Conflict of Interest

Authors are patent holders of two patents related to the topical formulations of phenytoin in the treatment of pain: 1) Topical phenytoin for the use in the treatment of peripheral neuropathic pain and 2) Topical pharmaceutical composition containing phenytoin and a (co-) analgesic for the treatment of chronic pain.

References

  1. Smith EM, Bridges CM, Kanzawa G, Knoerl R, Kelly JP 4th, et al. (2014) Cancer treatment-related neuropathic pain syndromes--epidemiology and treatment: an update. Curr Pain Headache Rep 18: 459. [Crossref]
  2. Seretny M (2014) Incidence, prevalence, and predictors of chemotherapy-induced peripheral neuropathy: A systematic review and meta-analysis. Pain 155: 2461-2470.
  3. Park HJ (2014) Chemotherapy induced peripheral neuropathic pain. Korean J Anesthesiol 67: 4-7. [Crossref]
  4. Siegal T, Haim N (1990) Cisplatin-induced peripheral neuropathy. Frequent off-therapy deterioration, demyelinating syndromes, and muscle cramps. Cancer 66: 1117-1123.
  5. Smith EM, Pang H, Cirrincione C, Fleishman S, Paskett ED, et al. (2013) Effect of duloxetine on pain, function, and quality of life among patients with chemotherapy-induced painful peripheral neuropathy: a randomized clinical trial. Jama 309: 1359-1367.
  6. Staff NP, Grisold A, Grisold W, Windebank AJ (2017) Chemotherapy-induced peripheral neuropathy: A current review. Ann Neurol 81: 772-781.
  7. Kim PY, Johnson CE (2017) Chemotherapy-induced peripheral neuropathy: a review of recent findings. Curr Opin Anaesthesiol 30: 570-576.
  8. Lees JG, Makker PG, Tonkin RS, Abdulla M, Park SB, et al. (2017) Immune-mediated processes implicated in chemotherapy-induced peripheral neuropathy. Eur J Cancer 73: 22-29.
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  11. Keppel Hesselink JM, Kopsky DJ, Bhaskar AK (2017) Skin matters! The role of keratinocytes in nociception: a rational argument for the development of topical analgesics. J Pain Res 10: 1-8.
  12. Cortellini A, Verna L, Cannita K, Napoleoni L, Parisi A, et al. (2017) Topical Menthol for Treatment of Chemotherapy-induced Peripheral Neuropathy. Indian J Palliat Care 23: 350-352.
  13. Fallon MT, Storey DJ, Krishan A, Weir CJ, Mitchell R, et al. (2015) Cancer treatment-related neuropathic pain: proof of concept study with menthol--a TRPM8 agonist. Support Care Cancer 23: 2769-2777.
  14. Gewandter JS, Mohile SG, Heckler CE, Ryan JL, Kirshner JJ, et al. (2014) A phase III randomized, placebo-controlled study of topical amitriptyline and ketamine for chemotherapy-induced peripheral neuropathy (CIPN): a University of Rochester CCOP study of 462 cancer survivors. Support Care Cancer 22: 1807-1814.
  15. Barton DL1, Wos EJ, Qin R, Mattar BI, Green NB, et al. (2011) A double-blind, placebo-controlled trial of a topical treatment for chemotherapy-induced peripheral neuropathy: NCCTG trial N06CA. Support Care Cancer 19: 833-841.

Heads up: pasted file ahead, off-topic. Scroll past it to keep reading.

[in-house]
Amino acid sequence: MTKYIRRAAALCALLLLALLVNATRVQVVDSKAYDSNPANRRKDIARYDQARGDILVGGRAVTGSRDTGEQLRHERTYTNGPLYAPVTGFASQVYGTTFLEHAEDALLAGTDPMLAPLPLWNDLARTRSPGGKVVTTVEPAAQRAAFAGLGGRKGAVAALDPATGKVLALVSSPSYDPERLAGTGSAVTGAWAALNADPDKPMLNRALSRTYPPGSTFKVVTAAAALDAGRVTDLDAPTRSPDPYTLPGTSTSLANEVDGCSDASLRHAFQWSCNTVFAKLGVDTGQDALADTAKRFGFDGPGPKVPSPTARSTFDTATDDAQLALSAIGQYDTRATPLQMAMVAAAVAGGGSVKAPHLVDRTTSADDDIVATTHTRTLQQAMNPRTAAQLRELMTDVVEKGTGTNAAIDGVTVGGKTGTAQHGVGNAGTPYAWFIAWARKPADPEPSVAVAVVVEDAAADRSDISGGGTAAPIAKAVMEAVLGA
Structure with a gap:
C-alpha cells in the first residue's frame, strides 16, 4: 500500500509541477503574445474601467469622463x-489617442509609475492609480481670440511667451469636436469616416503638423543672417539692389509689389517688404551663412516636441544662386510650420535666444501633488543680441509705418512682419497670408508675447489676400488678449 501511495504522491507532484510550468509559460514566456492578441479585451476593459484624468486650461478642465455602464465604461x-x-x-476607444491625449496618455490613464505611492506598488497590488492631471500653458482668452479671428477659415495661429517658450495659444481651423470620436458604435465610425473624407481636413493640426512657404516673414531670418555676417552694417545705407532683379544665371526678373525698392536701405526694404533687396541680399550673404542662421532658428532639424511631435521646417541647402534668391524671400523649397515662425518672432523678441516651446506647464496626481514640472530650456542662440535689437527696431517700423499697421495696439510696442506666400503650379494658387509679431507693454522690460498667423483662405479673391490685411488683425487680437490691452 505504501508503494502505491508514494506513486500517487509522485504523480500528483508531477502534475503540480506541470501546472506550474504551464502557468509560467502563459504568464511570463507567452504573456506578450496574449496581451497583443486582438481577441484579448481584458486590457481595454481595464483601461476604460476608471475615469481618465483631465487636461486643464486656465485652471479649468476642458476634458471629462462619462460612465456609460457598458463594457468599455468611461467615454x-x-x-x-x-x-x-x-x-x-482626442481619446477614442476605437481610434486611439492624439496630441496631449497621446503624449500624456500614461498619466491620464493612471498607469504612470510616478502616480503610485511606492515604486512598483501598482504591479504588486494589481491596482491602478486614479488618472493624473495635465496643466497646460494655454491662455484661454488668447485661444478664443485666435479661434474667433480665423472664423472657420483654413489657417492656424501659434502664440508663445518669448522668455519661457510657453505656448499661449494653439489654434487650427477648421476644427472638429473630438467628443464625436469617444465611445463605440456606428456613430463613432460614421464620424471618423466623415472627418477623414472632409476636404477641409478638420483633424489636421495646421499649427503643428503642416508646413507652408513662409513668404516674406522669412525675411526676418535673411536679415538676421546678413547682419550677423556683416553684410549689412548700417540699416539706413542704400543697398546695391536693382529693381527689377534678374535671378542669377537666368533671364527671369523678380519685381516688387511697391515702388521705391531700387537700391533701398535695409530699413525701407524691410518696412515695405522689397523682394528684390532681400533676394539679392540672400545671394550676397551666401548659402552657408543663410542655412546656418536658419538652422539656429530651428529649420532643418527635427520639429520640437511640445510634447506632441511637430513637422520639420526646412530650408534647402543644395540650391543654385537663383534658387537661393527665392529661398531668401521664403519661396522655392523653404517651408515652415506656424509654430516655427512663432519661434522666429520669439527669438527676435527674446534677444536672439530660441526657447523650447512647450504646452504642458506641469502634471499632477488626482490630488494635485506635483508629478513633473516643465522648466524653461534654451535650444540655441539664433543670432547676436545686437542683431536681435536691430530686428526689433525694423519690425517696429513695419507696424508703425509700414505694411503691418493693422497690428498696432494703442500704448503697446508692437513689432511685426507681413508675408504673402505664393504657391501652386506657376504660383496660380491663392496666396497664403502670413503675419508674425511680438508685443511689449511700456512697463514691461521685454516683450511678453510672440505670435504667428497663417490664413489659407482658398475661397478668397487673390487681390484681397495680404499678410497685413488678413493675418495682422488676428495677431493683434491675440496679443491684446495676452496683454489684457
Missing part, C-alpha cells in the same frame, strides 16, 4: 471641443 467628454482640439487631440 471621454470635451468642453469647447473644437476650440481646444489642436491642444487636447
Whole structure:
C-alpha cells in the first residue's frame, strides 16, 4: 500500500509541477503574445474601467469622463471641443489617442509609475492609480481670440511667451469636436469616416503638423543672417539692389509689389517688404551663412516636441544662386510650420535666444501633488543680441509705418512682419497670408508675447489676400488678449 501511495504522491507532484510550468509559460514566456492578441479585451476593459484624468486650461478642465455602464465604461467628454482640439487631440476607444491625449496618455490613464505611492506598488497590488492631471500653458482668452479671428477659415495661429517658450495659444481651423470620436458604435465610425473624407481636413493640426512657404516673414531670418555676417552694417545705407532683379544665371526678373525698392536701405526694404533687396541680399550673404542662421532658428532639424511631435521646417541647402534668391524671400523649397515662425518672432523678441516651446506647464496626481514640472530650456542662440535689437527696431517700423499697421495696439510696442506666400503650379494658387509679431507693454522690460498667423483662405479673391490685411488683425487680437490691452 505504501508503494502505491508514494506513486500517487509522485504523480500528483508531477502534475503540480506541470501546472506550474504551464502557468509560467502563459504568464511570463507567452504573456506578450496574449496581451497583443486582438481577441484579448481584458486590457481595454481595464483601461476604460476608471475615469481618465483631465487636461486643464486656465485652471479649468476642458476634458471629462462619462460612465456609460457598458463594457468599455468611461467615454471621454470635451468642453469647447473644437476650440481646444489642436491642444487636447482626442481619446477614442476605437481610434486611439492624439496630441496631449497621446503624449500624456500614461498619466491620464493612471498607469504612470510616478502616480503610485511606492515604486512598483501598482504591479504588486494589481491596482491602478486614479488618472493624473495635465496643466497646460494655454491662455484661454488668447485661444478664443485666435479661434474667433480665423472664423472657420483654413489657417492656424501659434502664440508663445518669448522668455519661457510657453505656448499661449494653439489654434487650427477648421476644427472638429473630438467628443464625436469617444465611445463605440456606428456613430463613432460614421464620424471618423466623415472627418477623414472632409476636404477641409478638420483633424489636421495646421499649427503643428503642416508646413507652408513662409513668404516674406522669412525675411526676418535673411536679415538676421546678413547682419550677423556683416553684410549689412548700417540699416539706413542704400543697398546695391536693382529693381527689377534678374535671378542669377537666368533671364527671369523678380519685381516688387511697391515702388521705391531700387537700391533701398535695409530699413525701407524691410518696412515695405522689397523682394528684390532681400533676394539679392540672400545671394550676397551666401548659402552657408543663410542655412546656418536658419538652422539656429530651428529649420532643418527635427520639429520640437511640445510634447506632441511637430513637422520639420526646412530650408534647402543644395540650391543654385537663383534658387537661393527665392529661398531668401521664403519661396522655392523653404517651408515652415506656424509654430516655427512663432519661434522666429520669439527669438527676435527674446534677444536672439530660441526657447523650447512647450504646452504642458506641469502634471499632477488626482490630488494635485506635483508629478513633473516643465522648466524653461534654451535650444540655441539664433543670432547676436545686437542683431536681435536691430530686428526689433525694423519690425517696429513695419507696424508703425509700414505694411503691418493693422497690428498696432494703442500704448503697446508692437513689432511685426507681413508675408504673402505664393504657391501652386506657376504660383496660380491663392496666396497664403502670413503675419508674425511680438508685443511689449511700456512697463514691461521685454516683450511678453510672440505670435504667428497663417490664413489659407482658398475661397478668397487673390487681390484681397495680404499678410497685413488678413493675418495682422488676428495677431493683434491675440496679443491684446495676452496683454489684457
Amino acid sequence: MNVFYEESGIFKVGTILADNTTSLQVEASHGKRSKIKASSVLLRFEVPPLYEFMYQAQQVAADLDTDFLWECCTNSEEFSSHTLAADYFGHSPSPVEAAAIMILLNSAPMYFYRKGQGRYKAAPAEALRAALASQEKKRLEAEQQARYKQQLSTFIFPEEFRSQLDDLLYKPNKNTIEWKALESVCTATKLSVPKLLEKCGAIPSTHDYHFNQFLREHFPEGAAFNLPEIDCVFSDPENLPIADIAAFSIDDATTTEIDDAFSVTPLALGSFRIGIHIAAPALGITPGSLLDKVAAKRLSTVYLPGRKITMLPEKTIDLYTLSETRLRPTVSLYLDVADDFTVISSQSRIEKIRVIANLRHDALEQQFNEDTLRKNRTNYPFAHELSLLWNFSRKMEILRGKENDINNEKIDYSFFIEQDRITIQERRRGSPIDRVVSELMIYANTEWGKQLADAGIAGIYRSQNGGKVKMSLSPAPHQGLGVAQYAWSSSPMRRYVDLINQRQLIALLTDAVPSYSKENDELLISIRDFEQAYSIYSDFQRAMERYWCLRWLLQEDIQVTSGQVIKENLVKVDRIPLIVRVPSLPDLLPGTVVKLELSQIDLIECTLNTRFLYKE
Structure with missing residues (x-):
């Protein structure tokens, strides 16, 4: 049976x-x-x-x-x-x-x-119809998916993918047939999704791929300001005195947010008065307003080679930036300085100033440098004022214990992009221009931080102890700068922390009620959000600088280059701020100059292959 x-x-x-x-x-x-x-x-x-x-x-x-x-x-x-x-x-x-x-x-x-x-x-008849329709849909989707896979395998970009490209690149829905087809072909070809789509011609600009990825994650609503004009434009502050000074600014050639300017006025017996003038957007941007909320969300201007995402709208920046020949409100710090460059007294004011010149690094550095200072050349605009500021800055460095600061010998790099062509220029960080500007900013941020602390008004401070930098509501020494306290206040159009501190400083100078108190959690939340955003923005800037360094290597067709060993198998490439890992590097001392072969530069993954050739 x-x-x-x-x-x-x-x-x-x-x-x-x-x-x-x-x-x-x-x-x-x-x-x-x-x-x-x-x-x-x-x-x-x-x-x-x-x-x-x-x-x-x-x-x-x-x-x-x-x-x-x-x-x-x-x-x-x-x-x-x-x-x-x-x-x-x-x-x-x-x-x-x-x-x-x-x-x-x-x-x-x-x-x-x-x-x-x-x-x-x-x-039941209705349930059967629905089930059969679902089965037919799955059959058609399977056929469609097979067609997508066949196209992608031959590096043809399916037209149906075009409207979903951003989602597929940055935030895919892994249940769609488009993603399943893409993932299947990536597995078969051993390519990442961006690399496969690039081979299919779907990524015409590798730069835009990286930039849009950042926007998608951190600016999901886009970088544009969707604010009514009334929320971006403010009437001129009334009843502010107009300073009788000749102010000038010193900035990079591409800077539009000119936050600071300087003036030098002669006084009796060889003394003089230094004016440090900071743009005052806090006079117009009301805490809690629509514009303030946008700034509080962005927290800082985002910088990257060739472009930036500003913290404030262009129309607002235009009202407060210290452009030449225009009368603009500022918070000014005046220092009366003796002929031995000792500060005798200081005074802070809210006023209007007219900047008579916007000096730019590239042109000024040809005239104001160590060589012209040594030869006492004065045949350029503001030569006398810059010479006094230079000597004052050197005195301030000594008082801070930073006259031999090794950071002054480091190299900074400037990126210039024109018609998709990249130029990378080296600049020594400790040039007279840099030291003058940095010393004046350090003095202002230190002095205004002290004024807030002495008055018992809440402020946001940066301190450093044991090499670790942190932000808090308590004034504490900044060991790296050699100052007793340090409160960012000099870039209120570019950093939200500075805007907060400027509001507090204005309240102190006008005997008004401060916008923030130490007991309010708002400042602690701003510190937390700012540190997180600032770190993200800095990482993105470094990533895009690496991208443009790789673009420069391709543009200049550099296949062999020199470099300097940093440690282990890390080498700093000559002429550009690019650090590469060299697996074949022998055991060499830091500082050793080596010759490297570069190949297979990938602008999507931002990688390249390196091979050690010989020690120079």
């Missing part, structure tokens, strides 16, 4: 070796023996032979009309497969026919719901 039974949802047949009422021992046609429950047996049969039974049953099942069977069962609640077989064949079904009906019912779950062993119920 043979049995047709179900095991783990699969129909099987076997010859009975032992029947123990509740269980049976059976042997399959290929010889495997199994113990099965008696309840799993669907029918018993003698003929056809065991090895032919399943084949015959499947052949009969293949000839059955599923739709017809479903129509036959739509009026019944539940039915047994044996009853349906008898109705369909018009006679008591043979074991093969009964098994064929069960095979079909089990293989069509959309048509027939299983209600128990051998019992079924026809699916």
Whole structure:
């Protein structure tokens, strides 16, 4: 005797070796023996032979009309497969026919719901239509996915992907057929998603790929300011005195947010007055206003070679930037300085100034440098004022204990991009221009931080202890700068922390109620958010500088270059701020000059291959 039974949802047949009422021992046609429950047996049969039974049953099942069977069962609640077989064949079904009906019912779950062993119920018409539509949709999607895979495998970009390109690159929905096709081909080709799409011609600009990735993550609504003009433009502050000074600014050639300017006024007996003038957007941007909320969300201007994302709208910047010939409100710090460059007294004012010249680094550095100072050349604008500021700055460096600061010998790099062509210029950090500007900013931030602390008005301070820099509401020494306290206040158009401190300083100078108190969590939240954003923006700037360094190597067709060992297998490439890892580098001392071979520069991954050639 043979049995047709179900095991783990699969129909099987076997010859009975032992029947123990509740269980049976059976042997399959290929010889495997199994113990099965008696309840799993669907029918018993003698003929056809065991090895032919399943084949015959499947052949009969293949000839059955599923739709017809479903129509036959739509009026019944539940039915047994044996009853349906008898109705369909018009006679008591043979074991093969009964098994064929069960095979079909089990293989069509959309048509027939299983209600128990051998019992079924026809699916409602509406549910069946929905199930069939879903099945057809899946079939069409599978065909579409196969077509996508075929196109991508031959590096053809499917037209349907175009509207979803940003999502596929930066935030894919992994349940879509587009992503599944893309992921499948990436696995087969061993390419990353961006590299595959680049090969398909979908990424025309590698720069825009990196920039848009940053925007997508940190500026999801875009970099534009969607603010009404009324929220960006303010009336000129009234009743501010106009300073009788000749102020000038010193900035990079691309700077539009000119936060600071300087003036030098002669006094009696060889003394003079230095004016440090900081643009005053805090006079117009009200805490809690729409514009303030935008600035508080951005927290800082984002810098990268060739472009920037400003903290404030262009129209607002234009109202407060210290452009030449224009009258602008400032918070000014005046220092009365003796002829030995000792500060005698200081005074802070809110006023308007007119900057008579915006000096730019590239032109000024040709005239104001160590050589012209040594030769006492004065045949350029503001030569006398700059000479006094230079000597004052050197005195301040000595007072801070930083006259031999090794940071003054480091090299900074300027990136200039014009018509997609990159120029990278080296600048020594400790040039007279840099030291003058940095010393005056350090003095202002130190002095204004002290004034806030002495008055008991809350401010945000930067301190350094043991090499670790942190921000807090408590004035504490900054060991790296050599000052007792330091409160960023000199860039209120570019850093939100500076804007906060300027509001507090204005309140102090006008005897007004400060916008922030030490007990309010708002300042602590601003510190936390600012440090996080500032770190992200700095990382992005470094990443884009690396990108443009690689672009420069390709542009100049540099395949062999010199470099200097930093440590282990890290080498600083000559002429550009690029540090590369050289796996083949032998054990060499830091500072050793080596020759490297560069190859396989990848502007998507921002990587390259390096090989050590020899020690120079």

16. Keppel Hesselink JM, Kopsky DJ, Stahl SM (2017) Bottlenecks in the development of topical analgesics: molecule, formulation, dose finding and phase III design. J Pain Res 10: 635-641.
  17. Kopsky DJ, Keppel Hesselink JM (2012) High doses of topical amitriptyline in neuropathic pain: two cases and literature review. Pain Pract 12: 148-153.
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Editorial Information

Editor-in-Chief

Dr. Vita Golubovskaya
USA

Article Type

Case Report

Publication history

Received date: May 01, 2018
Accepted date: May 14, 2018
Published date: May 16, 2018

Copyright

©2018 Hesselink JMK. This is an open-access article distributed under the terms of the Creative Commons Attribution License, which permits unrestricted use, distribution, and reproduction in any medium, provided the original author and source are credited.

Citation

Hesselink JMK, Kopsky DJ (2018) Fast onset of relief after topical phenytoin in neuropathic pain after chemotherapy. Trends Cancer Res Chemother 1: doi: 10.15761/TCRC.1000102.

Corresponding author

David J. Kopsky

Institute for Neuropathic Pain, Vespuccistraat 64-III, 1056 SN, Amsterdam, The Netherlands, Tel: +31-6-28671847

Table 1. Results of the application of phenytoin 10% cream in pain in CIPN in 6 patients.

Patient #

Baseline NRS

Post application NRS

Onset of relief in minutes

Percentage pain reduction

Duration of effect in hours

1

8.5

0

20

100

5

2

7

0

2

100

12

3

9.5

2

8

79

70

4

8

6

25

25

24

5

7

4

30

43

2.5

6

8

2

10

75

4

Figure 1. Mechanism of action of phenytoin in the epidermis in patients suffering from CIPN Phenytoin is a lipophilic compound and has great affinity to the lipid containing compartments in the skin: the sebum, the follicles and glands, and these compartments serve as slow release reservoirs. Phenytoin can inhibit overactive nerve endings, as well as immune competent cells and keratinocytes, as these all carry sodium channels. By inhibiting hyperactivity of these cells, phenytoin inhibits pain and downregulates peripheral sensitization phenomena.